The mediation committee convened on Monday for mediation, to discuss the debated Diversity and Cultural Engagement student fee level recommendation. Due to concerns expressed over how much the allocated budget would be able to achieve, DCE was given an opportunity to explain the importance of their organization, and presented five different decision packages, which are asks for increased funding toward additional programs or services beyond what the unit already provides, to the committee.

Reagan Le, DCE co-director, gave an opening testimony, stressing Le the importance of student interaction and development within DCE.

“Our work is student-centered and student focused,” Le said. “A higher budget is necessary to fit the needs of the ever changing demographic on campus.”

Le said DCE’s impact on campus is massive, due to their involvement in many events and their employment of a diverse student crowd. The group has been a part of over 350 reservations and events in just the past quarter, 85 percent of which are led by student organizations and had over 13,400 people attending in total. Additionally, DCE supports 83 student employees that are a part of 40 diverse majors. Le expressed that DCE’s main goal with a budget increase would be to fill intersectional gaps and needs.

The five decision packages presented centered around increasing salary and hours for staff and cutting funding for programs, conferences and travel expenses. They ranged from a $0.78 increase in student fees for Decision Package One to a $0.27 increase with Package Five.

Le explained that while some of the budget increase requests may seem high, the current funding DCE receives isn’t enough to efficiently complete their jobs.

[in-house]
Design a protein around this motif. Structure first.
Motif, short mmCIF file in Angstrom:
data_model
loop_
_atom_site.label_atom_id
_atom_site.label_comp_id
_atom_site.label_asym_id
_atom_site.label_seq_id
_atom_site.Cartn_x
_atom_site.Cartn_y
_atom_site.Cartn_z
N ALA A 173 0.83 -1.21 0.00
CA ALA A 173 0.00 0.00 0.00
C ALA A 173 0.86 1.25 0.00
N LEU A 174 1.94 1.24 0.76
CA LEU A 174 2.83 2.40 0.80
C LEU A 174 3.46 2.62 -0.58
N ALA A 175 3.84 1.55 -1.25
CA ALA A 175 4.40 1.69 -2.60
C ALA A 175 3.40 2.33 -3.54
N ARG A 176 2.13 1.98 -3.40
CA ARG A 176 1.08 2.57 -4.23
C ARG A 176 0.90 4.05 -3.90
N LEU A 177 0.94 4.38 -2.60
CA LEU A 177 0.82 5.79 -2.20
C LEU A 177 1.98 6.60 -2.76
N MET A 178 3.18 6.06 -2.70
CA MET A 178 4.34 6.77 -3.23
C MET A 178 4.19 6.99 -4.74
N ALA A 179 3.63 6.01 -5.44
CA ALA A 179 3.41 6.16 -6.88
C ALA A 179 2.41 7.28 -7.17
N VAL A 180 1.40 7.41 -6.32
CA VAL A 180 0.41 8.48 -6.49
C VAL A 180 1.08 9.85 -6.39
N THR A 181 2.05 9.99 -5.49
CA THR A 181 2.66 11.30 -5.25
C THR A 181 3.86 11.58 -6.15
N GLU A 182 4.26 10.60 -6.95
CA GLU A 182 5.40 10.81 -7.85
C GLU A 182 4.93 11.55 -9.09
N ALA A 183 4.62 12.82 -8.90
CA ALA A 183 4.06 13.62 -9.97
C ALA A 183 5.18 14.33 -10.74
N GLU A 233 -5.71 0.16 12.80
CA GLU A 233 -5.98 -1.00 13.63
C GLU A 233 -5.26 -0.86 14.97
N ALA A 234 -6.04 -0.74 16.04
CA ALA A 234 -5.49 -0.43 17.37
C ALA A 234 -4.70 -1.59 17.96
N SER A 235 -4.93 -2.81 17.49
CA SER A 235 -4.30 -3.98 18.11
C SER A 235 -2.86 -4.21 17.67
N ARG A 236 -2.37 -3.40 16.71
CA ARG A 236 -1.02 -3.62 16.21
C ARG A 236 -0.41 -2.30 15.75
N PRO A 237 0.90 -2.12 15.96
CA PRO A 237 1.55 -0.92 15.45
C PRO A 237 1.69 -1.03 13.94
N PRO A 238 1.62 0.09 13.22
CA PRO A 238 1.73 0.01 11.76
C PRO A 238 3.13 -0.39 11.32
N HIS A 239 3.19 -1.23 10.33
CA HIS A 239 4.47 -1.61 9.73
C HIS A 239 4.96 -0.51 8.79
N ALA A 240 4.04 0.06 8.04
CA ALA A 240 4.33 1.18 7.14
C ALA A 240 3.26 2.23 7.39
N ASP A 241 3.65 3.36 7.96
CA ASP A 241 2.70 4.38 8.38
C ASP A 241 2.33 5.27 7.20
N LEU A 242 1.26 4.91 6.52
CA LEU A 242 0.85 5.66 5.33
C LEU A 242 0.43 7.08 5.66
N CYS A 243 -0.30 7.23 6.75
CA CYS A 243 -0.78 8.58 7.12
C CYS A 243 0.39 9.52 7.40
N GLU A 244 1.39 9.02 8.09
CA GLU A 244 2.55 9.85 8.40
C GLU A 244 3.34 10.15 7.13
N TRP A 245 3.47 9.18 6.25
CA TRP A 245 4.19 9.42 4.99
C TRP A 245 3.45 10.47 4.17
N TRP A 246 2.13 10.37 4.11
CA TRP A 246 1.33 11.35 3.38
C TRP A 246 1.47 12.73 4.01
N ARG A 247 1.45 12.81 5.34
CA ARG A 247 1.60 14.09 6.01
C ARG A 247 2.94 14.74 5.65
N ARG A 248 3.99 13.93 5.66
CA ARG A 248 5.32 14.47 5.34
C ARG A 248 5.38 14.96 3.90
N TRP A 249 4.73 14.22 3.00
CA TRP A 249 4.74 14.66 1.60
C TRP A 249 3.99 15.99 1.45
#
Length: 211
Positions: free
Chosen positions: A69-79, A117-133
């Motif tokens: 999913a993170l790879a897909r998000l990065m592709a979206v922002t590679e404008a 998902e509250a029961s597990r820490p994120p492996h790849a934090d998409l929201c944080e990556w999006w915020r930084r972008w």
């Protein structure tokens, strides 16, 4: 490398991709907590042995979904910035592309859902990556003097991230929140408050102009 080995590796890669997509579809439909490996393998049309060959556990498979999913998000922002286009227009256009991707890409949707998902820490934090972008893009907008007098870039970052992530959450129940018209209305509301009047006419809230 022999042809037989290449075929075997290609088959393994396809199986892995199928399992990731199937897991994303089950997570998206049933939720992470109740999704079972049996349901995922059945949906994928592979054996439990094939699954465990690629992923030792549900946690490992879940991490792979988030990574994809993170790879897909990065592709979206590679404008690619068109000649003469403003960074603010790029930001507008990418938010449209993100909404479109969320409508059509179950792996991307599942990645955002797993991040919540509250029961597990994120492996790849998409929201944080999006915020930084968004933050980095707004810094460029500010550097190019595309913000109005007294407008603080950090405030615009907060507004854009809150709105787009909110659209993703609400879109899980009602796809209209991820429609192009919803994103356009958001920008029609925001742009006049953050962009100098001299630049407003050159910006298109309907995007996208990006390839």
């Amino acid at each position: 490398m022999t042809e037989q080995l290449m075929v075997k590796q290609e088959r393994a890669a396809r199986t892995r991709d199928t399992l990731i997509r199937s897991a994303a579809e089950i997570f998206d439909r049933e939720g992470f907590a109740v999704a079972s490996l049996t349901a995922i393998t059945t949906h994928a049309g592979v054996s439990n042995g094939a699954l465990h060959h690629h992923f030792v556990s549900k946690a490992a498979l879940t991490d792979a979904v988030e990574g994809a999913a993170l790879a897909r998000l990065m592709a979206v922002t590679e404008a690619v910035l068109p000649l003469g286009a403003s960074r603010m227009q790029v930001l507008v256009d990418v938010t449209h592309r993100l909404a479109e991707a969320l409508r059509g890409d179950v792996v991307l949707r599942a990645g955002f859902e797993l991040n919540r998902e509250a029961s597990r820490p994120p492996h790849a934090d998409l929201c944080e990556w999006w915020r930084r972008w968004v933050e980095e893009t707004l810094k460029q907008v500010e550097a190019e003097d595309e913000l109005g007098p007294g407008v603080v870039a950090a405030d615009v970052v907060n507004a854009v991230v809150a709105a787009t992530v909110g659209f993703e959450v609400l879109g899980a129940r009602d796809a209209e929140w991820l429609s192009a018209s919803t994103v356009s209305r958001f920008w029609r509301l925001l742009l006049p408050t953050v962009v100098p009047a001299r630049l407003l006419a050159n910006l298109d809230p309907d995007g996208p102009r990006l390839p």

“The current budget will lead us to struggle,” Le said. “A higher budget will let us excel in our work. There’s a huge burden on student staff, and we need to find a way to equalize that.”

Eight students in total attended the meeting to vouch for DCE and explain why they felt it was important the budget increases, speaking of finding a place of belonging and a sense of empowerment at the cultural centers. During other open meetings and hearings, students have continued to speak up for DCE, which has left an impact on some members of the committee.

“I want to applaud DCE. I’ve never seen this many constituents step up at open hearings and meetings,” Theresa Thurston, SFC chair, said.

The discussion then shifted toward discussing a vote on accepting Decision Package Four.

Raven Waldron, a member of the SFC, reminded the committee that six members had expressed their willingness to vote for Package Three.

Sienna Kaske, a leadership liaison at the Hattie Redmond Women and Gender Center, stepped up to discuss her belief in the the importance of ensuring that DCE has enough funding.

“It’s been a home for me when I don’t feel safe on campus because of identities that I hold,” Kaske said. “DCE helps with retention rates like no other. It’s a home for students that are extremely marginalized on campus. When people walk in the doors they feel safe.”

Alex York, vice chair of the Student Fee Committee, said he would not consider raising the fee over 4.5 percent from FY 19. In York’s opinion, the amount of students using DCE’s services was not large enough to justify a larger fee increase.

“We represent all the students at OSU,” York said. “Most people don’t come to college for the services, they come for the education.”

In the end, the approved fee increase was 4.49 percent, a percentage that was between Package Three and Package Four.

Bennett will have to decide whether or not to approve of the final budget recommendations.

“Regardless of the budget set on my desk, I would not sign any fee increase that would push us above that 5 percent threshold and cause undue financial harm to students,” Bennett said.

Bennett is looking to the long-term as he considers the overall final budget recommendation.

“Every year, we see small incremental fee increases above current service level (a dollar here, or 50 cents there), and although these increases come from a good place, it’s also why students pay almost $400 a term in student fees,” Bennett said. “These small increases have added up.”